Focus on the scene of the Allied Forces’ landing on D-Day, June 6th, 1944. Drive by Juno Beach, then stop at Gold Beach for a view of the Mulberry Harbor remains at Arromanches. Globus Local FavoriteGlobus Local Favorite Visit the AMERICAN CEMETERY and its visitor center at Omaha Beach, where you can sign your name in the visitor’s book. Continue to Sainte Mère Eglise, the first town to be liberated, with its evocative parachute memorial. In the afternoon, enjoy a guided visit of the famous ABBEY OF MONT ST. MICHEL, perched on a rocky isle in the Gulf of Saint Malo. Overnight is on the coast near Mont St. Michel. (Breakfast, Dinner)

Abbey of Mont St. Michel Mont St-Michel in Normandy, France 
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DAY 5Mont St. Michel–Loire Valley

Enjoy a scenic ride right across Brittany via Châteaubriant to Angers. Stop here for pictures of the impressive 13th-century castle. Then, continue your journey to the Loire Valley, where you will stay for the next two nights in Globus Local FavoriteGlobus Local Favorite splendid Château du Breuil. Tonight, why not sample French cuisine at one of the area’s excellent restaurants? (Breakfast)

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DAY 6Loire Valley. Excursion to Castle Country

Today, visit three of the most important castles in the area. Start with the jewel of the French Renaissance, Château CHAMBORD. Next is the 16th-century Château of Catherine de Medici, lovely CHENONCEAU, a fairytale castle with a moat, drawbridge, and towers. In Amboise, visit CLOS LUCÉ, where Leonardo da Vinci worked and lived during the last part of his life, and marvel at an amazing collection of models of his inventions, like his design of an airplane, painstakingly reconstructed from the drawings of the great renaissance genius. (Breakfast, Dinner)

Chateau Chenonceau 
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DAY 7Loire Valley–Chartres–Paris

Stop in Chartres with its superb 13th-century gothic CATHEDRAL—a jewel of medieval architecture, and arrive in Paris. Optional excursions are available to the magnificent Louvre Museum to admire the Mona Lisa, and to the Moulin Rouge dinner show, the best way to say, “Au Revoir, Paris.” (Breakfast)

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Louvre

Louvre


Today, a thick pane of bullet-proof security glass keeps artlovers a safe distance from the most famous painting in the world, Leonardo da Vinci’s “Portrait of Lisa Gherardini, Wife of Francesco Giacondo,” known in French as “La Joconde” and English as the “Mona Lisa.” But back in 1911, it was simply hung on the walls of the Musée du Louvre like any other canvas. That was until a former museum employee named Vincenzo Perrugia strolled into the gallery before opening hours on August 21, noticed the room was empty, took down the Mona Lisa and walked out of the Louvre with it under a painting smock. When the loss was finally noticed, the police were mystified. For two years, the whereabouts of the masterpiece was unknown, while French detectives made various wild guesses. (It had been stolen by the Germans. By anarchists. By evil geniuses. By lunatics.) They actually arrested the country’s top art critic, Guillame Apollinaire, then let him free. Then, out of the blue in 1913, an Italian art dealer in Florence was contacted by a man calling himself “Leonardo” who claimed to have the Mona Lisa and wanted to see it hang in the Uffizi, Italy’s top art museum. Although he found it hard to believe that the thief could be so reckless, the dealer tipped off the police and agreed to meet the strange Leonardo in a Milan hotel room. There, the nondescript fellow opened his suitcase, emptied out his socks and underwear, opened up a false bottom in the case to reveal the Mona Lisa – and was immediately arrested.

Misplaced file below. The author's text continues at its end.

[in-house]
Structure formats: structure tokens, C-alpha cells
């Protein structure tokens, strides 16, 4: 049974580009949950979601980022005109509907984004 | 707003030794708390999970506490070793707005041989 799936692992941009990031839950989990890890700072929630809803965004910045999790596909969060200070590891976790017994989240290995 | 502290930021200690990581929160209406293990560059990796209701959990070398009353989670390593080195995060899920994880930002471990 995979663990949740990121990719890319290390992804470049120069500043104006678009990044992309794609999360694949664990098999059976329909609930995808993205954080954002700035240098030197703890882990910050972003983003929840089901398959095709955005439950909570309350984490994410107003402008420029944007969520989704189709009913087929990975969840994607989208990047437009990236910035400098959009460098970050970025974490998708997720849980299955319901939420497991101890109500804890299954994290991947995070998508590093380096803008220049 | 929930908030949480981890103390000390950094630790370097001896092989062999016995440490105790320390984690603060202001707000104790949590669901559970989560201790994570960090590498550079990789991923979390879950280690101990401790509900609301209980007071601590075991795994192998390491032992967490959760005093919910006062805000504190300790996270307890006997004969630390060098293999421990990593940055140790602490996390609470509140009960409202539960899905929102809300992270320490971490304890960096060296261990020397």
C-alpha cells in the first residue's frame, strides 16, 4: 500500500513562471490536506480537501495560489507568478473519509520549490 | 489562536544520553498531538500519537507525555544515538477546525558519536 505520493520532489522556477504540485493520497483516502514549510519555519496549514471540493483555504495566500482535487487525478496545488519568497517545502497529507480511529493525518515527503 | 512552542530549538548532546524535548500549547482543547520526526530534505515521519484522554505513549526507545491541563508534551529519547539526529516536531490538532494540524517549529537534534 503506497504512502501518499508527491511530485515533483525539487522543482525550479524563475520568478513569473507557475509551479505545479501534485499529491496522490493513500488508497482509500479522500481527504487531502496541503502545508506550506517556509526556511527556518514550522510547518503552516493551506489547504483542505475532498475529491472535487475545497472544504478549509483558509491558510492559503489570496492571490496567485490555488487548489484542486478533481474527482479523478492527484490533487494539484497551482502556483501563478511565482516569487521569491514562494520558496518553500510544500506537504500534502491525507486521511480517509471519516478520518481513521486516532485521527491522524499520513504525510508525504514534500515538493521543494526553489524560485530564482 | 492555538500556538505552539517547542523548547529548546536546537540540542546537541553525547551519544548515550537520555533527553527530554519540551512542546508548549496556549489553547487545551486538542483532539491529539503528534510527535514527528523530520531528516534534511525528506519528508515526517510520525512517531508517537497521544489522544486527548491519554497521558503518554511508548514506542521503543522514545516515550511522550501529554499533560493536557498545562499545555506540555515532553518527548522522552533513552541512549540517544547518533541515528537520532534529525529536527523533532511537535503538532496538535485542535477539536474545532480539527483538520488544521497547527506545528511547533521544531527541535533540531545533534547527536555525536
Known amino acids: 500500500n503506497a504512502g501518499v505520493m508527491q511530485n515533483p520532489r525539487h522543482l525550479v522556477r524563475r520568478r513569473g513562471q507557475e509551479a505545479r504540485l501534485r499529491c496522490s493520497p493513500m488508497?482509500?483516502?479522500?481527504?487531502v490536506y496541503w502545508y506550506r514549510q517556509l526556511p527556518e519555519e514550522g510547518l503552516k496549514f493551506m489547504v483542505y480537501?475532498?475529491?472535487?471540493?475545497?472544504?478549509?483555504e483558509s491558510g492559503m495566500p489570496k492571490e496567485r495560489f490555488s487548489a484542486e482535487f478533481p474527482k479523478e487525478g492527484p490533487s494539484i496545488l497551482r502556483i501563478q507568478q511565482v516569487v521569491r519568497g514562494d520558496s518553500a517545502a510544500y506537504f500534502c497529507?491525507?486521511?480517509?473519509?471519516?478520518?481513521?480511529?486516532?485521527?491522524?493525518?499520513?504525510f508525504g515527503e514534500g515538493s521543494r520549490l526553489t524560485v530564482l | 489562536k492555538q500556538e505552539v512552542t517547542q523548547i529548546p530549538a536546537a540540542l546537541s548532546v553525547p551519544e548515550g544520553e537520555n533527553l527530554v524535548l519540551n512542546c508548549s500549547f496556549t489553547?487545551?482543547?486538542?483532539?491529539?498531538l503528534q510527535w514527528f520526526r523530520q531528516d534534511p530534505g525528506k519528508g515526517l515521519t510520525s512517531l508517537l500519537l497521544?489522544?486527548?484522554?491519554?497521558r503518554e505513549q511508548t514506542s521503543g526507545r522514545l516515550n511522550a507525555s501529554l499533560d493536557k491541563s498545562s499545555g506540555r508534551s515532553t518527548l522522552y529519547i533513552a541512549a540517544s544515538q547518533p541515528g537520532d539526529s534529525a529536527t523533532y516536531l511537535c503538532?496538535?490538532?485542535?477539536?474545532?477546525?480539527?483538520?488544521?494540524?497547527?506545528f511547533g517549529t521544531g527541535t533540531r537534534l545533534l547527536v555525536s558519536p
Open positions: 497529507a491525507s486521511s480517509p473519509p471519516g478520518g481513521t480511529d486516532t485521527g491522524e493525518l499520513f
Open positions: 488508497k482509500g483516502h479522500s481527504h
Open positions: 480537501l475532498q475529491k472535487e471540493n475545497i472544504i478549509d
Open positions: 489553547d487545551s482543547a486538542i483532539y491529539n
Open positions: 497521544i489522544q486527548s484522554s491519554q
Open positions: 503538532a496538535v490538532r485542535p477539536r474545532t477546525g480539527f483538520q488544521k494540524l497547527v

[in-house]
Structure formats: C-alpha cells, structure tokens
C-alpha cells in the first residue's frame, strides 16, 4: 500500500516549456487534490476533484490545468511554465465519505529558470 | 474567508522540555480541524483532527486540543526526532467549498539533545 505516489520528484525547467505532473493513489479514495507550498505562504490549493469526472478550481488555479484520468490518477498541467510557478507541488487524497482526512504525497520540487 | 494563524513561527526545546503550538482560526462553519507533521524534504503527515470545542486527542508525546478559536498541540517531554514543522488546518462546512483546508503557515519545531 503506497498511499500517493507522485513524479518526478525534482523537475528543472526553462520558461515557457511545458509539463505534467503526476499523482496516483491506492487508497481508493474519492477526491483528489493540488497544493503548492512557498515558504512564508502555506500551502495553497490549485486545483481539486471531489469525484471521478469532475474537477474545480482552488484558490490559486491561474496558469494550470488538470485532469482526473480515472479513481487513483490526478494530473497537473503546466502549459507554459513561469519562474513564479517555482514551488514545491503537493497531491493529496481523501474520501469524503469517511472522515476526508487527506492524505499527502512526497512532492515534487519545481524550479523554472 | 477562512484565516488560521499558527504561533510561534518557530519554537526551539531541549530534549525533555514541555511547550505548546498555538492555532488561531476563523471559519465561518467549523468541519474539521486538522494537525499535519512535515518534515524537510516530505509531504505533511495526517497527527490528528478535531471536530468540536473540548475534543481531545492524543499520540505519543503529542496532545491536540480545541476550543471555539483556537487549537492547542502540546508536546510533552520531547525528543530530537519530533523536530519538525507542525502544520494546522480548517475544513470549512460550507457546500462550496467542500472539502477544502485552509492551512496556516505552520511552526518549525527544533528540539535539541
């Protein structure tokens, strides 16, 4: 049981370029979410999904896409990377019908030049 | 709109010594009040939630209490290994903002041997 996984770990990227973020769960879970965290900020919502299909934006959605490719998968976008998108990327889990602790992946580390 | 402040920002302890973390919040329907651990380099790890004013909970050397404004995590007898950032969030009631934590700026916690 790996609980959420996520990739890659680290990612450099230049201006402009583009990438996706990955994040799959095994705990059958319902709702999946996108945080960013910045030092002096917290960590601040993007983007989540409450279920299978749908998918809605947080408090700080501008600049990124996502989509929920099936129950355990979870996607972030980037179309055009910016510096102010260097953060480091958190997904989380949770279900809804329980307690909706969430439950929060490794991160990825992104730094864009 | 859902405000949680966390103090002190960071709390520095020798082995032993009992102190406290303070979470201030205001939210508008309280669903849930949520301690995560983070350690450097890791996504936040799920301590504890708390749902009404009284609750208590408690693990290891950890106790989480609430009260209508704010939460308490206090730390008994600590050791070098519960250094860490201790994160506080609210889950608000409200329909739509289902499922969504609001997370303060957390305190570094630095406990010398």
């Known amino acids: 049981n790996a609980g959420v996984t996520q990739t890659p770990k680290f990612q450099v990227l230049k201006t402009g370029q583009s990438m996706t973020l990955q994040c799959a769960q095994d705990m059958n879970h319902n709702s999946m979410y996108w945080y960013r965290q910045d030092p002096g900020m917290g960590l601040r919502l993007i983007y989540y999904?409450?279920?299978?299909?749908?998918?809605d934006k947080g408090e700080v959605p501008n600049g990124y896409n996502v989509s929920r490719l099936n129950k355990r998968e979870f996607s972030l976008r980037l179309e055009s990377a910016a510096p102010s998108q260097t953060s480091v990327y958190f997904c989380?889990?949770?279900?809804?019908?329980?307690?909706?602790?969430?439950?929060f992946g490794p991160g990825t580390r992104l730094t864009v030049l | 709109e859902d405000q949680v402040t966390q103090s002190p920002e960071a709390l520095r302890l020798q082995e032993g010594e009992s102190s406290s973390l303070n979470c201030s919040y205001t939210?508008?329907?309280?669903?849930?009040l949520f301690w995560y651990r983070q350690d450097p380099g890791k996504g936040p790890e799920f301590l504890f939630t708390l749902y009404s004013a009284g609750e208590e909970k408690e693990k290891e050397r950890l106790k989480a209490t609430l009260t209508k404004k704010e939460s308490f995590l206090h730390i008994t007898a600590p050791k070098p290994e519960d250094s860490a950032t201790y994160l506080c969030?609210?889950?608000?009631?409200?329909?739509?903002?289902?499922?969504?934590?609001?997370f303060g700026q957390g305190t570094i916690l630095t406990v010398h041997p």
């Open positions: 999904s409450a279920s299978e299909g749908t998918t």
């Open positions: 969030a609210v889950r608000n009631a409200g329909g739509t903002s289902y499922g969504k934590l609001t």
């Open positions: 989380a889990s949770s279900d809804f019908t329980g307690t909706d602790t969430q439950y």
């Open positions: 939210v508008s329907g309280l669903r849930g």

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DAY 8Paris–London

You will be transferred by high-speed EUROSTAR TRAIN to London. The remainder of the day is at leisure. (Breakfast)

The London Eye, also known as the Millennium Wheel Ride the iconic double decker bus in London London’s Tower Bridge over the River Thames Pomp-and-ceremony in London 
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DAY 9London

Morning guided sightseeing includes all the famous landmarks and the Changing of the Guard (if held). (Breakfast)

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Changing of the Guard

Changing of the Guard


"Changing the Guard dates to Henry VII (reigned 1485-1509) and was designed to show military discipline as well as ceremony. The tall bearskin hats were introduced in the 18th century to make the soldiers look taller and thus more frightening, and they were adopted for ceremonial use in 1832. The ceremony we know today started in the late 1800s and involves real soldiers who fulfill all military duties, guarding the Queen being just part of their service."
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DAY 10London

Full day at leisure. Ask your local host for suggestions. (Breakfast)

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DAY 11London

Your vacation ends with breakfast this morning. (Breakfast)